Over roughly 40 years of post frame construction, I have seen photos of one or two (or perhaps thousands) of post frame buildings under construction. I can pretty well tell from these photos if those doing assembly are (or were) stick builders.
I grew up as a framing contractor’s son (and later working for dad and my uncles stick framing), where we built walls with sheeting (and often siding) on them and tipped them up into place. This is all fine and dandy for ‘conventional’ stick frame construction, however not necessarily easiest or best when it comes to post frame.
In post frame construction, trusses extend from column outside to column outside (plus any overhangs). If walls have been framed (girts, headers and door jambs placed) trusses will have to be jockeyed around to be lifted in place from inside the building. This is especially true in applications with bookshelf (inset) style wall girts.
Most post frame buildings have one or more columns out of perfect placement along building length. Accept it, this is just going to happen no matter how perfect you or your builder might be. Most buildings have a far greater roof purlin quantity per bay, than wall girts per bay. By framing the roof first, all purlins (assuming they are inset) can be cut to the same length in each bay, this is determined by engineered plan column spacing, less truss assembly thickness. When trusses are in place, column tops will easily move forward or backwards so all truss supporting columns end up spaced per plans. This also aids in an overall building roof length creation matching expectations.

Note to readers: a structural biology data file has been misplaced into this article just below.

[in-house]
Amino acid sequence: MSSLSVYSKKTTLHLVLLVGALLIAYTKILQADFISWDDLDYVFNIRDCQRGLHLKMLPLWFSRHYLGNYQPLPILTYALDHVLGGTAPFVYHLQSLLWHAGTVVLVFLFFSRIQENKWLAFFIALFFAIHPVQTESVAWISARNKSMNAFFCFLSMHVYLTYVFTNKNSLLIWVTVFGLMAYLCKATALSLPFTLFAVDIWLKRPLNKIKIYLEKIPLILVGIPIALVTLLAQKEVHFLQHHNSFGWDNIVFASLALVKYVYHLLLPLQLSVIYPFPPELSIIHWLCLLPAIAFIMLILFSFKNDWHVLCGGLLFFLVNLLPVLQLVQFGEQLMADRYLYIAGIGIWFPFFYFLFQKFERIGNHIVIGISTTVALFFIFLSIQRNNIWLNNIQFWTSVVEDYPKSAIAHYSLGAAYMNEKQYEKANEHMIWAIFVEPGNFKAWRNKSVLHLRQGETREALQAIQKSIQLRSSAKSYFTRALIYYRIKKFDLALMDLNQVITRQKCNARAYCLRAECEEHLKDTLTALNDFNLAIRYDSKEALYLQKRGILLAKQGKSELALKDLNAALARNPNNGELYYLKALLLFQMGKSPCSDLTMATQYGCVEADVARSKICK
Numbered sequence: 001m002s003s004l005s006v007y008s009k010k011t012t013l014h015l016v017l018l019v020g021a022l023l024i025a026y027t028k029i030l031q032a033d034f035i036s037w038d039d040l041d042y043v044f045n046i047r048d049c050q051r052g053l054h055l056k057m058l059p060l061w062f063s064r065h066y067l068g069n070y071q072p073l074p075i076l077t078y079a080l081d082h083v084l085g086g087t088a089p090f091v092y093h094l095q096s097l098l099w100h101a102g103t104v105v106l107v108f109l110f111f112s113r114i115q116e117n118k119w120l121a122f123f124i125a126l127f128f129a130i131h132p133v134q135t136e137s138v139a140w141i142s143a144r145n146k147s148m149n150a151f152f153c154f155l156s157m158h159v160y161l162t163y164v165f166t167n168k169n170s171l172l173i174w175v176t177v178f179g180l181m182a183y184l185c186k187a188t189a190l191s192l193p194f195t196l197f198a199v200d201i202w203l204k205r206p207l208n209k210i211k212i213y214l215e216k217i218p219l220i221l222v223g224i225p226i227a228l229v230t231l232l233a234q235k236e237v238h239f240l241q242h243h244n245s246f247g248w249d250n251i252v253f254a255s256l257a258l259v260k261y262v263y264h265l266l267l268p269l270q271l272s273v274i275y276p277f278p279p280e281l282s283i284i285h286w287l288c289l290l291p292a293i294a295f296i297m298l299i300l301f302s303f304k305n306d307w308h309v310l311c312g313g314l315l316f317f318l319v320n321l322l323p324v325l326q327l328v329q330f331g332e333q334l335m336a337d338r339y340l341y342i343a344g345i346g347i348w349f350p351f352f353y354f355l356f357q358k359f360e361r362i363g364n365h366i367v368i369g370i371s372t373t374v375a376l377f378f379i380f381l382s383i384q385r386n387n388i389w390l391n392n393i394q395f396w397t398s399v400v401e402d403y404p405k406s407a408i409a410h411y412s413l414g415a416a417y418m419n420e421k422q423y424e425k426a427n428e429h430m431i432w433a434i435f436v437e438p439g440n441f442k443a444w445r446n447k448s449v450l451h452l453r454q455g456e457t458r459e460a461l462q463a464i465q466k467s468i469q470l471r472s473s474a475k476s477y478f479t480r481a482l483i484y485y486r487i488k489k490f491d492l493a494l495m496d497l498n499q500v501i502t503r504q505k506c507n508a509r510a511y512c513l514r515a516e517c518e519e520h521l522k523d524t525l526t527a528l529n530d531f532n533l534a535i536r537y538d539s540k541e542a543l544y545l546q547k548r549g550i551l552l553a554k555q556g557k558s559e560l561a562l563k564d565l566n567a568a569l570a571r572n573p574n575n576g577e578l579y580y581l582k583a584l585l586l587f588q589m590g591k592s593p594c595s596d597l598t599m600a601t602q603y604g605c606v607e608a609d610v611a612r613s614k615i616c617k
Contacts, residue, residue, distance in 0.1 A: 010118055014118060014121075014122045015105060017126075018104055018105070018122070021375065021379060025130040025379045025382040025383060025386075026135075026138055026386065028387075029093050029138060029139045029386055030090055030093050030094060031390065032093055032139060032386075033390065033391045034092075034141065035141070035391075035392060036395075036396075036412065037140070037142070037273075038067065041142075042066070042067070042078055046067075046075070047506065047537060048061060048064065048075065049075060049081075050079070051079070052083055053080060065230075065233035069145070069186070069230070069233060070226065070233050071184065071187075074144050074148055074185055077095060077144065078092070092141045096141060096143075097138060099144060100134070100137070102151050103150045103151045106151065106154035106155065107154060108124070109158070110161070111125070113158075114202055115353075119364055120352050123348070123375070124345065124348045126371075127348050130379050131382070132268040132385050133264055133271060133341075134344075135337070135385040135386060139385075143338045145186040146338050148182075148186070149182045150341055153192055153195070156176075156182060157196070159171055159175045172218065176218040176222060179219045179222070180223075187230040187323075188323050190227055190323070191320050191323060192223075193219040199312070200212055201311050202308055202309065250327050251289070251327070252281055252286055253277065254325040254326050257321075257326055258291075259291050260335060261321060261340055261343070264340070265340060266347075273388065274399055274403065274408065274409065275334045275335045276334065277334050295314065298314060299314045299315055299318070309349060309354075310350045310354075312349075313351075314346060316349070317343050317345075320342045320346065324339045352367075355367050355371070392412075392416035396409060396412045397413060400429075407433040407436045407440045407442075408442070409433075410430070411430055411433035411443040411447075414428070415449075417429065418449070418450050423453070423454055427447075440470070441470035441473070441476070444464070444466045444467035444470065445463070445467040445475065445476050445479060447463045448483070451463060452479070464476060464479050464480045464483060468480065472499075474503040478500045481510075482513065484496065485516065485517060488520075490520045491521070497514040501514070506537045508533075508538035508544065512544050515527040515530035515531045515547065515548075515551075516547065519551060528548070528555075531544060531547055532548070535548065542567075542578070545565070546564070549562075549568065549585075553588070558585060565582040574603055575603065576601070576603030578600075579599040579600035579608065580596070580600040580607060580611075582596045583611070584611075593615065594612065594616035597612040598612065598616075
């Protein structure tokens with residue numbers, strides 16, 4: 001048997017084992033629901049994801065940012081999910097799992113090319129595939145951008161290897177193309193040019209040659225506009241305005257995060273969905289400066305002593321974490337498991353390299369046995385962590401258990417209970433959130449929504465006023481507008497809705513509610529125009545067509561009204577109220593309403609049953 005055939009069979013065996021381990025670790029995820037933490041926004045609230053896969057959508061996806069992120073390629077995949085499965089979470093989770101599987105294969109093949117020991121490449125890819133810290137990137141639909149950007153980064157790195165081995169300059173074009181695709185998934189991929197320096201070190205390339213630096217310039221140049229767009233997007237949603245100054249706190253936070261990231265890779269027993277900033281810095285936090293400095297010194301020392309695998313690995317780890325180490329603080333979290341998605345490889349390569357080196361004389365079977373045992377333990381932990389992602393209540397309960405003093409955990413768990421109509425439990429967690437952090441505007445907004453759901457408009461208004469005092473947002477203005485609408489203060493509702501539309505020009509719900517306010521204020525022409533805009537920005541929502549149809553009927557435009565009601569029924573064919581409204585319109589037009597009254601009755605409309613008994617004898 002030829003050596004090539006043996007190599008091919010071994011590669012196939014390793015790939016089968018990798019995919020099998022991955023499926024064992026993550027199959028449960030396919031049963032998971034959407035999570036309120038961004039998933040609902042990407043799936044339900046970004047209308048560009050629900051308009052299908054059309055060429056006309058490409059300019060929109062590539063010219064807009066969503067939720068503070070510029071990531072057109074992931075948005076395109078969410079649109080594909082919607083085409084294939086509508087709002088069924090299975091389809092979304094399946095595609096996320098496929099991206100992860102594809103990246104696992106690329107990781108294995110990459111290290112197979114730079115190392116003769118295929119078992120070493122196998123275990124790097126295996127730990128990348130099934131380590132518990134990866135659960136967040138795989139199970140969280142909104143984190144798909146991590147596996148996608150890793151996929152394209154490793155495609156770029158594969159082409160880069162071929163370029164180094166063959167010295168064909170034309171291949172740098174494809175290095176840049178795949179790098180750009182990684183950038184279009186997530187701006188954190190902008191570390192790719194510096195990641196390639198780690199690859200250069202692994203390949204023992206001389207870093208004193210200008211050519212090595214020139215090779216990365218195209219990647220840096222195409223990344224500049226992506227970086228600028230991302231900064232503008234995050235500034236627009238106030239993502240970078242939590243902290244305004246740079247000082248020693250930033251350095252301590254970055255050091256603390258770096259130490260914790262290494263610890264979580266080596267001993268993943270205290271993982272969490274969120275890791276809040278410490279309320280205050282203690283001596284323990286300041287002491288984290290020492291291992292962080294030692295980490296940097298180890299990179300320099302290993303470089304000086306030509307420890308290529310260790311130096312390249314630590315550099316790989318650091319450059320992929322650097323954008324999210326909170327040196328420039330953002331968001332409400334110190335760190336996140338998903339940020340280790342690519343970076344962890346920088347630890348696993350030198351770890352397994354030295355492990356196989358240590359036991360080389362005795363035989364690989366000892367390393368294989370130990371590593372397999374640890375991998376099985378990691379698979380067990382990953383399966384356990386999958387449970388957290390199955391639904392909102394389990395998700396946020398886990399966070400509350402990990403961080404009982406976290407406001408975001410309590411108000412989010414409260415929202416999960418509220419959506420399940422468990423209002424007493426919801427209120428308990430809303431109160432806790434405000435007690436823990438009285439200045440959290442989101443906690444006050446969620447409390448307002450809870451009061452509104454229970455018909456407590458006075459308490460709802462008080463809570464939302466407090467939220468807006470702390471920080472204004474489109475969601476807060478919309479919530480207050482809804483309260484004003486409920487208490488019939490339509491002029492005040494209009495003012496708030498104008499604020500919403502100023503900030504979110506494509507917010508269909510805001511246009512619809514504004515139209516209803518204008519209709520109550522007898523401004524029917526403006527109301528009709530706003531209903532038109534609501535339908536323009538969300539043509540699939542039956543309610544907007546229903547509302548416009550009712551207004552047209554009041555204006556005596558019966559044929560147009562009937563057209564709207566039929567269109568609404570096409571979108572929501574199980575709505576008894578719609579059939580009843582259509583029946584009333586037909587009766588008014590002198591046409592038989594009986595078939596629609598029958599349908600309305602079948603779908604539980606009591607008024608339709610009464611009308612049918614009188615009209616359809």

During the truss placement process (regardless of method used) there will come times when it is highly convenient to be able to walk ‘through’ a wall. Girts in place means having to fit through girts or walk around – either of which slowing construction processes.
It is far easier to square up the roof without wall framing member resistance. Once roof sheathing or roof steel is in place, it makes it simpler to plumb building corners.
With roofing in place and walls open, a concrete slab may be installed if desired. This helps protect concrete pour from weather elements, especially heat in summer or rain. Pre-mix trucks can access and chute through any accsessible sides or ends. This can eliminate the need to pay for a pump truck.
Want your new post frame building as perfect as possible and completed quickest? Then roof first, walls after is most probably your route to success.